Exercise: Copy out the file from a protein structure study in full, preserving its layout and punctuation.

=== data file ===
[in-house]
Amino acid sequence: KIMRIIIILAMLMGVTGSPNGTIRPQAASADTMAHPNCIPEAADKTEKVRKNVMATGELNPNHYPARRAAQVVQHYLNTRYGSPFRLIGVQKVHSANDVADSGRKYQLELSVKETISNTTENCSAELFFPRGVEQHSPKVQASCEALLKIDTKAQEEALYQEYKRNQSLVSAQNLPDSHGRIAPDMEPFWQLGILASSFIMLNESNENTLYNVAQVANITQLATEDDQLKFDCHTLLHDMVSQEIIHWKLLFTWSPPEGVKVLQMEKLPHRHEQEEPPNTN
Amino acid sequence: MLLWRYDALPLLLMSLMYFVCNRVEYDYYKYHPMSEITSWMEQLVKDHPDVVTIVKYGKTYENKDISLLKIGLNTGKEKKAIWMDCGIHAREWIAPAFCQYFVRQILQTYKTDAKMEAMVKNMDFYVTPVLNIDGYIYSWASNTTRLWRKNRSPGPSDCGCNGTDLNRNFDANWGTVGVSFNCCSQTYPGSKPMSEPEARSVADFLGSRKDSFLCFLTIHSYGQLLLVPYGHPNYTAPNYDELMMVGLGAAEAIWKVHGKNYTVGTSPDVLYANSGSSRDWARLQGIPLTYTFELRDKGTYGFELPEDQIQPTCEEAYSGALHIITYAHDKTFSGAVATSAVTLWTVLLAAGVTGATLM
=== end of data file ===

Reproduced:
[in-house]
Amino acid sequence: KIMRIIIILAMLMGVTGSPNGTIRPQAASADTMAHPNCIPEAADKTEKVRKNVMATGELNPNHYPARRAAQVVQHYLNTRYGSPFRLIGVQKVHSANDVADSGRKYQLELSVKETISNTTENCSAELFFPRGVEQHSPKVQASCEALLKIDTKAQEEALYQEYKRNQSLVSAQNLPDSHGRIAPDMEPFWQLGILASSFIMLNESNENTLYNVAQVANITQLATEDDQLKFDCHTLLHDMVSQEIIHWKLLFTWSPPEGVKVLQMEKLPHRHEQEEPPNTN
Amino acid sequence: MLLWRYDALPLLLMSLMYFVCNRVEYDYYKYHPMSEITSWMEQLVKDHPDVVTIVKYGKTYENKDISLLKIGLNTGKEKKAIWMDCGIHAREWIAPAFCQYFVRQILQTYKTDAKMEAMVKNMDFYVTPVLNIDGYIYSWASNTTRLWRKNRSPGPSDCGCNGTDLNRNFDANWGTVGVSFNCCSQTYPGSKPMSEPEARSVADFLGSRKDSFLCFLTIHSYGQLLLVPYGHPNYTAPNYDELMMVGLGAAEAIWKVHGKNYTVGTSPDVLYANSGSSRDWARLQGIPLTYTFELRDKGTYGFELPEDQIQPTCEEAYSGALHIITYAHDKTFSGAVATSAVTLWTVLLAAGVTGATLM